Rare survival of high-tension electrocution shock in a crossbred Jersey cattle: a complete profile on critical care monitoring

Document Type : Scientific report


1 Department of Veterinary Medicine, Veterinary College and Research Institute (VCRI), Orathanadu-614625, Thanjavur, Tamil Nadu Veterinary and Animal Sciences University (TANUVAS), Chennai-600 051, India

2 Veterinary Clinical Complex, Veterinary College and Research Institute (VCRI), Orathanadu-614625, Thanjavur, Tamil Nadu Veterinary and Animal Sciences University (TANUVAS), Chennai-600 051, India

3 Department of Veterinary Clinical Medicine & ICAR Centre of Advanced Faculty Training in Veterinary Clinical Medicine, Madras Veterinary College, Vepery, Chennai-600007, Tamil Nadu Veterinary and Animal Sciences University (TANUVAS), India

4 4MVSc Student in Veterinary Surgery and Radiology, Department of Veterinary Surgery and Radiology, Madras Veterinary College, Vepery, Chennai-600007, Tamil Nadu Veterinary and Animal Sciences University (TANUVAS), Chennai-600 051, India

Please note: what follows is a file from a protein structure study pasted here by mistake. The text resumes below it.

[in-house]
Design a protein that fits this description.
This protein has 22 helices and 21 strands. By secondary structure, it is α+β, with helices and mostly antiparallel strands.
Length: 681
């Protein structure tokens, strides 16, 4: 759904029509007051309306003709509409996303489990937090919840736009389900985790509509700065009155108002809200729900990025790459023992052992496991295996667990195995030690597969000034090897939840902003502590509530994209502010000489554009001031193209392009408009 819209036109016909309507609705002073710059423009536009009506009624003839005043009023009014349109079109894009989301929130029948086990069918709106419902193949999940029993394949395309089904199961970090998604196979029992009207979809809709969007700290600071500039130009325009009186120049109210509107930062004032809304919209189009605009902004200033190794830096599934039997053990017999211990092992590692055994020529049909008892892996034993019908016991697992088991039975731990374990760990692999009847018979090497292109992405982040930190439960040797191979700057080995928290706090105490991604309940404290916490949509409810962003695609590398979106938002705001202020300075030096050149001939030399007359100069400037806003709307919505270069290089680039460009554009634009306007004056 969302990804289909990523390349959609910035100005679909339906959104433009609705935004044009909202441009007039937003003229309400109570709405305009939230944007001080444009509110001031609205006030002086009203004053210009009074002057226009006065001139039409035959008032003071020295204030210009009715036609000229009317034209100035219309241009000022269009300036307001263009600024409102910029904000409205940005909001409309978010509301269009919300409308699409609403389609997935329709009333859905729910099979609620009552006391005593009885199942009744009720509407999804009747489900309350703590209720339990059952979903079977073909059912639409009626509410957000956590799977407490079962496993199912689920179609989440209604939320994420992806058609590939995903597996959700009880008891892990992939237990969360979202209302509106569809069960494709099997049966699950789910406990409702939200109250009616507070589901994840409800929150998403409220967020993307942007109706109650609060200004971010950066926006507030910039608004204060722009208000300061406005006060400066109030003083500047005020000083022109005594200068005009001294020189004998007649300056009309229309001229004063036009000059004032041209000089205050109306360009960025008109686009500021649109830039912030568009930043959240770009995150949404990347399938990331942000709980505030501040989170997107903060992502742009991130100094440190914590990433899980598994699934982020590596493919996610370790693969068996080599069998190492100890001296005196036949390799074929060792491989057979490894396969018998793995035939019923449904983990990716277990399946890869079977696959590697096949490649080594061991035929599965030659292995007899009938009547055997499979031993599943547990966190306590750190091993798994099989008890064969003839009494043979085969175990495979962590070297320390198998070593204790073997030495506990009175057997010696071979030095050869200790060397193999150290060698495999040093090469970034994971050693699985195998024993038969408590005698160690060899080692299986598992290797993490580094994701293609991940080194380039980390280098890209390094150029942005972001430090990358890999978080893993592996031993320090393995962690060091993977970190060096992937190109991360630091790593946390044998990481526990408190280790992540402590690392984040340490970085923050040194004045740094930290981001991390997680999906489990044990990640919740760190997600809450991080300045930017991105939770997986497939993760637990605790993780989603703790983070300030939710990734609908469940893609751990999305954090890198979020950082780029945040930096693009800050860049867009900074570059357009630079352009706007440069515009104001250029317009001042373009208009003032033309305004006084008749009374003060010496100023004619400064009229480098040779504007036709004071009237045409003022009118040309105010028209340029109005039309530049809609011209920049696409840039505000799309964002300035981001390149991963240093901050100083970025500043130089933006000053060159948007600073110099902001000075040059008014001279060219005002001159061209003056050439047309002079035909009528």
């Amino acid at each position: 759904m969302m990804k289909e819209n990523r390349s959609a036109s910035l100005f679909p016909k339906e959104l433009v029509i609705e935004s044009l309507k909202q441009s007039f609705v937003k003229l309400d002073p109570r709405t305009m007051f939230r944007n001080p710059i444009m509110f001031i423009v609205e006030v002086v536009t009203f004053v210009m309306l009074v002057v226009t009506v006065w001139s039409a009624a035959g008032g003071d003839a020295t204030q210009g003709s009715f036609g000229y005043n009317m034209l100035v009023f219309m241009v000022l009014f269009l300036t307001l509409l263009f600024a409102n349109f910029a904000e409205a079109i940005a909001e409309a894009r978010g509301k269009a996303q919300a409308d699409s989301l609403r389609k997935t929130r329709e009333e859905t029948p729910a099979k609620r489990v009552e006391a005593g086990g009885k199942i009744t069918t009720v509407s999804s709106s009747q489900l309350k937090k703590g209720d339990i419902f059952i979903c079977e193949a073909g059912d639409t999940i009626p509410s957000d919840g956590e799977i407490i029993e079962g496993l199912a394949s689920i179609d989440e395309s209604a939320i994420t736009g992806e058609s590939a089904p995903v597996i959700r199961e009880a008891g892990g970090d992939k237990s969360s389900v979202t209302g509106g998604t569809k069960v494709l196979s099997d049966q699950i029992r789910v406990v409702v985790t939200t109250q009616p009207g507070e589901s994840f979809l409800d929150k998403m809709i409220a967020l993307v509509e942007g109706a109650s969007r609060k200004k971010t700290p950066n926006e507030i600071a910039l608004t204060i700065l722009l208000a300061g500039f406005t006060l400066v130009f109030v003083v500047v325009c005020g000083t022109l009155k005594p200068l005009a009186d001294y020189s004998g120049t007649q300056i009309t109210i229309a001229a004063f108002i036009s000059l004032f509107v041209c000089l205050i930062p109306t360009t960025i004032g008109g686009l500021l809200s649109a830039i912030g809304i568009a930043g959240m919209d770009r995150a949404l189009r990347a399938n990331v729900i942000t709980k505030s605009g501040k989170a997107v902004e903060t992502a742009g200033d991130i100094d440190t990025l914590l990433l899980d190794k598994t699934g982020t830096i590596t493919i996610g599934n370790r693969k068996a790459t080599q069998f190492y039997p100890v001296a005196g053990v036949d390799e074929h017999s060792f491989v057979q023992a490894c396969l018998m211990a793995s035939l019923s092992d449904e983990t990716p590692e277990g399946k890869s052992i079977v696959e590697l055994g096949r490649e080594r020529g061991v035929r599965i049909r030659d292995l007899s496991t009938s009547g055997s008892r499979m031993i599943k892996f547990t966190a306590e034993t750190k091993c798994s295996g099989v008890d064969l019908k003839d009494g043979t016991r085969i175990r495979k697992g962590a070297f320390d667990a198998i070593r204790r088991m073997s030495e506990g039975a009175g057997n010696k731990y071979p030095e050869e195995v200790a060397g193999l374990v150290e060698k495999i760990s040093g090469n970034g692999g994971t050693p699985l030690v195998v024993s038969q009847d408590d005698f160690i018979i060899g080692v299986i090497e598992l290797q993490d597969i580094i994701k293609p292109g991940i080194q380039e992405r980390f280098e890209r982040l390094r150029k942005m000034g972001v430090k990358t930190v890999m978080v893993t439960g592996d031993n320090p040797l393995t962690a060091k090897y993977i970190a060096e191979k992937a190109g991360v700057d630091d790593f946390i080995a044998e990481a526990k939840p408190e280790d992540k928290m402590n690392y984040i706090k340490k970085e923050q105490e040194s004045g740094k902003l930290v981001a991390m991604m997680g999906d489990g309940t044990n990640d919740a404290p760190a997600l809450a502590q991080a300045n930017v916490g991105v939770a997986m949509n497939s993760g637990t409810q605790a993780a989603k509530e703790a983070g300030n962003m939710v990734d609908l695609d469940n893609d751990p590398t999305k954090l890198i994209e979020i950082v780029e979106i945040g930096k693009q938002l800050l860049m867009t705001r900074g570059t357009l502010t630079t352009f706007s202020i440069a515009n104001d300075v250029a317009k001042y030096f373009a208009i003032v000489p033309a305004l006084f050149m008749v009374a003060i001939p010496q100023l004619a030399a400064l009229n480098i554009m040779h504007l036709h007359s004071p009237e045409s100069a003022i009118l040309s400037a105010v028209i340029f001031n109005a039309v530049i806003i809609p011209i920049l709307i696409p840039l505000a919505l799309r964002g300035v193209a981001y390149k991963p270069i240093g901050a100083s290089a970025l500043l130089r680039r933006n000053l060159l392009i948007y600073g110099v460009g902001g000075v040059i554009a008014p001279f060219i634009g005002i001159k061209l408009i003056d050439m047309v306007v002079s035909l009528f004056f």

Background: Accidental electrocution was more common in animals and death was mostly due to shock and cardiac arrest. Survival of animals or humans could be possible if victims receive immediate medical support. Case description: A 3-year-old crossbred Jersey heifer was presented to the Emergency and Critical Care Medicine Referral Clinic of the Veterinary College and Research Institute, Orathanadu, with a history of accidental electrocution by broken high-tension overhead power transmission line during grazing in the paddy fields. The animal was dull and depressed, dark red, and some areas were charred in appearance on the dorsum and limbs. The animal showed difficulty walking due to the electrocution burn injury and was poorly responding to the surroundings. Clinical examination revealed subnormal temperature, polypnea, pale mucous membranes, ruminal atony, and arrhythmias on auscultation. Findings/treatment and outcome: On point of care (PoC) hematology testing, leukocytosis, neutrophilia, and microcytosis were observed. PoC electrolyte analysis revealed hypocalcemia (ionized calcium 0.89 mmol/L), mild hypochloremia, and severe hypokalemia (2.81 mmol/L). PoC biochemistry revealed hypoglycemia (41 mg/dl). PoC elevated levels of serum cardiac troponin (0.33 ng/dl) indicated cardiac damage. Aspartate aminotransferase (1794 U/L), CK-MB (699 U/L) and LDH (6.7 U/L) were also elevated. On PoC urinalysis, proteinuria, myoglobinuria, and glucosuria were observed. Evident clinical recovery, wound healing, and improvement in animal activities were observed. Conclusion: High-voltage electrocution injury is a serious type of accident with the potential risk of multi-organ damage and death. Early diagnosis of electrocution and immediate management enhances the expectancy of complete recovery.


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